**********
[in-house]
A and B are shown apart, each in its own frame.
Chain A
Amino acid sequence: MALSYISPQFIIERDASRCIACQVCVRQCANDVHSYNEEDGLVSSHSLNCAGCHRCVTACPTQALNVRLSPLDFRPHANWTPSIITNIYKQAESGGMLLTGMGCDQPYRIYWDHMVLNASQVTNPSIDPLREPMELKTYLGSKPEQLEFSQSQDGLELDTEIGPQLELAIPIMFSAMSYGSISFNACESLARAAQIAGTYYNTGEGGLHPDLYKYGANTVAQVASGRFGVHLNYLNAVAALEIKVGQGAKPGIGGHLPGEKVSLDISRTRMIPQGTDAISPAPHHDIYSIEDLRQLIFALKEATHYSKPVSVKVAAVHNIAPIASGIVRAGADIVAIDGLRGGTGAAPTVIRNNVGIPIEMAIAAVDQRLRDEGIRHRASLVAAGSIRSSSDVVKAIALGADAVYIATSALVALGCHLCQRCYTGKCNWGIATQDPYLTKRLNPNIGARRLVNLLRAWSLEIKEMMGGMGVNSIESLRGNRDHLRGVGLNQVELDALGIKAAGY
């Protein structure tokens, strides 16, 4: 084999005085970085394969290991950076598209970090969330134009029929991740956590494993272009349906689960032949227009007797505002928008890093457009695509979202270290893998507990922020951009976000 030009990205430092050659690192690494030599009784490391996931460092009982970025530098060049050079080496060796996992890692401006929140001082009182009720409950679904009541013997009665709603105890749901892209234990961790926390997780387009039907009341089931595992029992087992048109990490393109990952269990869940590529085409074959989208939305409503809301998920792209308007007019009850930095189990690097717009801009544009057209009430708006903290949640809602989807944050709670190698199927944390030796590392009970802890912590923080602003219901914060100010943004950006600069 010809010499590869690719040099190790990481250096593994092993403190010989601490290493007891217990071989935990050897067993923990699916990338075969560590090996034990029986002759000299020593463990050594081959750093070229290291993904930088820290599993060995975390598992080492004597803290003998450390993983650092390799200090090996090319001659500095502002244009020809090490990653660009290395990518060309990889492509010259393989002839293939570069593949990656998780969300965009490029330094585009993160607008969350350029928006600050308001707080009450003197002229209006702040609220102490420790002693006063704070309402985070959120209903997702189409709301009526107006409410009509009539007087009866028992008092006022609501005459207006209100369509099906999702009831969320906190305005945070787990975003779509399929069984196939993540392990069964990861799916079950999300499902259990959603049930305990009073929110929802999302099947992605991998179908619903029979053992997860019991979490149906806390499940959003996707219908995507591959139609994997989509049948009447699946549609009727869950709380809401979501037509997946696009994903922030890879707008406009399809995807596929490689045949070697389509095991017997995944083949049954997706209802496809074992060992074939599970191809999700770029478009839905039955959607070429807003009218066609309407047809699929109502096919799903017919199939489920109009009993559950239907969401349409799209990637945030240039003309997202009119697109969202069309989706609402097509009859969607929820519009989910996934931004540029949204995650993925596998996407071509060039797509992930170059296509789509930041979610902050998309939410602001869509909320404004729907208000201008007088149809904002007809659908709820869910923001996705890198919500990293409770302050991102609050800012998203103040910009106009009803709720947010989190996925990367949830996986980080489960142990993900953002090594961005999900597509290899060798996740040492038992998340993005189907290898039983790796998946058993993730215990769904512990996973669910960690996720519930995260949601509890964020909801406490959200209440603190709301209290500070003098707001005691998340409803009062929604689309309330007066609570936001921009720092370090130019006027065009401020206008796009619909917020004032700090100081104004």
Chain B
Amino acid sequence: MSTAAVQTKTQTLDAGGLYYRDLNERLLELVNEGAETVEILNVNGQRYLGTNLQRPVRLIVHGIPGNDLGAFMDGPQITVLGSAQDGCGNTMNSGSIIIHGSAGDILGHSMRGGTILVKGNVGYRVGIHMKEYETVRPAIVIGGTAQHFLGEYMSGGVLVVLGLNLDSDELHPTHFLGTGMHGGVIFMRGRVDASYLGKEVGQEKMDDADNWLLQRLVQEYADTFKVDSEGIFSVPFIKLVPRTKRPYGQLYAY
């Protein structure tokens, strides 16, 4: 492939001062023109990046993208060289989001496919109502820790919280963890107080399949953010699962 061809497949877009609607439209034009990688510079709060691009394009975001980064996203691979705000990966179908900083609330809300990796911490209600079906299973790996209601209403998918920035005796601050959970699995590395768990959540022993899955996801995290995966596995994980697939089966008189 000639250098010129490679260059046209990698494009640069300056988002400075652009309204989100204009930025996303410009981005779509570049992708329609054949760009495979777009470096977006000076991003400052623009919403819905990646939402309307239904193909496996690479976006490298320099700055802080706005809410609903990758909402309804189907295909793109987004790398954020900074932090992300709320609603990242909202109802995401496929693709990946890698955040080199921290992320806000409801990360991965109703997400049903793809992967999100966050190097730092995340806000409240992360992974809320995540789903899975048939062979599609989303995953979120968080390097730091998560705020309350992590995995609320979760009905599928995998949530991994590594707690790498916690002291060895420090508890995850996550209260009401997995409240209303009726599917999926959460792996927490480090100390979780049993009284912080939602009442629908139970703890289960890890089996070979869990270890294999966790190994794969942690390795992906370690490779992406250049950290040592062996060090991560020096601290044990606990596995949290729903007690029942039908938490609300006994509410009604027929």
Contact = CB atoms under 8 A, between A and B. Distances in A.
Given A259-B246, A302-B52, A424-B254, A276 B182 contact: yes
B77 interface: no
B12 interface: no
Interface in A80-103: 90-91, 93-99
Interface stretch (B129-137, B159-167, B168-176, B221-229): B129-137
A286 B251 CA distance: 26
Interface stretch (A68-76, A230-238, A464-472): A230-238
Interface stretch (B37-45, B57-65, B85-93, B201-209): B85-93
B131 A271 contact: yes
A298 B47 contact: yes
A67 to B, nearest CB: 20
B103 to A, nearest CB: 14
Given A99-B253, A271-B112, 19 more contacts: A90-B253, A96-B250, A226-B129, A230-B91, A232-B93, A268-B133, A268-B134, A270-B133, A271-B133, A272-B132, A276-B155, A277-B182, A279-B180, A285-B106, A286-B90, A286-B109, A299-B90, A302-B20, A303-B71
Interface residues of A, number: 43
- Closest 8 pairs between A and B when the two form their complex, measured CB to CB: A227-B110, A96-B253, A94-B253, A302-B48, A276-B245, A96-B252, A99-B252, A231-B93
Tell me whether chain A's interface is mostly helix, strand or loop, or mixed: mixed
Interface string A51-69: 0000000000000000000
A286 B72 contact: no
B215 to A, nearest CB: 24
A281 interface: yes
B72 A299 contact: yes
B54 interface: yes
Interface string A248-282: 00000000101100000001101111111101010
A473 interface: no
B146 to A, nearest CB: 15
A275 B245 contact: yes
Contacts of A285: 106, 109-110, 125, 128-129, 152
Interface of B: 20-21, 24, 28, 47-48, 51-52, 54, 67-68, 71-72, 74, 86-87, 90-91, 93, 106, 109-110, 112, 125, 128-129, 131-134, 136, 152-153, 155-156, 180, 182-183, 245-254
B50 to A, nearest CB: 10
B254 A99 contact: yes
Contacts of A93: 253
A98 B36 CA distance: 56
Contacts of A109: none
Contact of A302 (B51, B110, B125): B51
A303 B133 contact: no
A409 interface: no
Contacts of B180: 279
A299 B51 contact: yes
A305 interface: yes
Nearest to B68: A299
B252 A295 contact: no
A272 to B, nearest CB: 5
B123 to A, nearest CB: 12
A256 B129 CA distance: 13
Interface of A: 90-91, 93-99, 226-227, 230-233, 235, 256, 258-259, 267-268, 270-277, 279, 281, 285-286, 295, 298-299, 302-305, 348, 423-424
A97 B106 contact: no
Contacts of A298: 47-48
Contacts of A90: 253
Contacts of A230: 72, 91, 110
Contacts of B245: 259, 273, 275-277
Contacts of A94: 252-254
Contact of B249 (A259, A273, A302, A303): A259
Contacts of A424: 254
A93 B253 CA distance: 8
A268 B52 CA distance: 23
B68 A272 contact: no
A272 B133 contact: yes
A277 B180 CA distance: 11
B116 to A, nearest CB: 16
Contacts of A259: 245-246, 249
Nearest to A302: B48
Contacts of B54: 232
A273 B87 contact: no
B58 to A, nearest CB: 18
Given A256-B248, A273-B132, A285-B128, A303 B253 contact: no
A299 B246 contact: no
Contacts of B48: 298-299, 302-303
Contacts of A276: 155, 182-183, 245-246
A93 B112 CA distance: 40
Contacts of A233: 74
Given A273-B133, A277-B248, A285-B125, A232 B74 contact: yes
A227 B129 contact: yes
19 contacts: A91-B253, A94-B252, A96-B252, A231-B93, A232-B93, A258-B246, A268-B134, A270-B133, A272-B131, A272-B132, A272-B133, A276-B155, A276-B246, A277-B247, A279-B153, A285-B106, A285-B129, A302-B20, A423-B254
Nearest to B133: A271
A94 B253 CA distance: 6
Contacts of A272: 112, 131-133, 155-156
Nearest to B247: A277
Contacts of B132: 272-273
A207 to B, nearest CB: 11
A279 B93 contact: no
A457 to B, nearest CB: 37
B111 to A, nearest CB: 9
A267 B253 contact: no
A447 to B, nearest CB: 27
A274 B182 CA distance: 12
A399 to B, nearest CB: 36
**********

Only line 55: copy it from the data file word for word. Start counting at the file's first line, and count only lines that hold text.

A97 B106 contact: no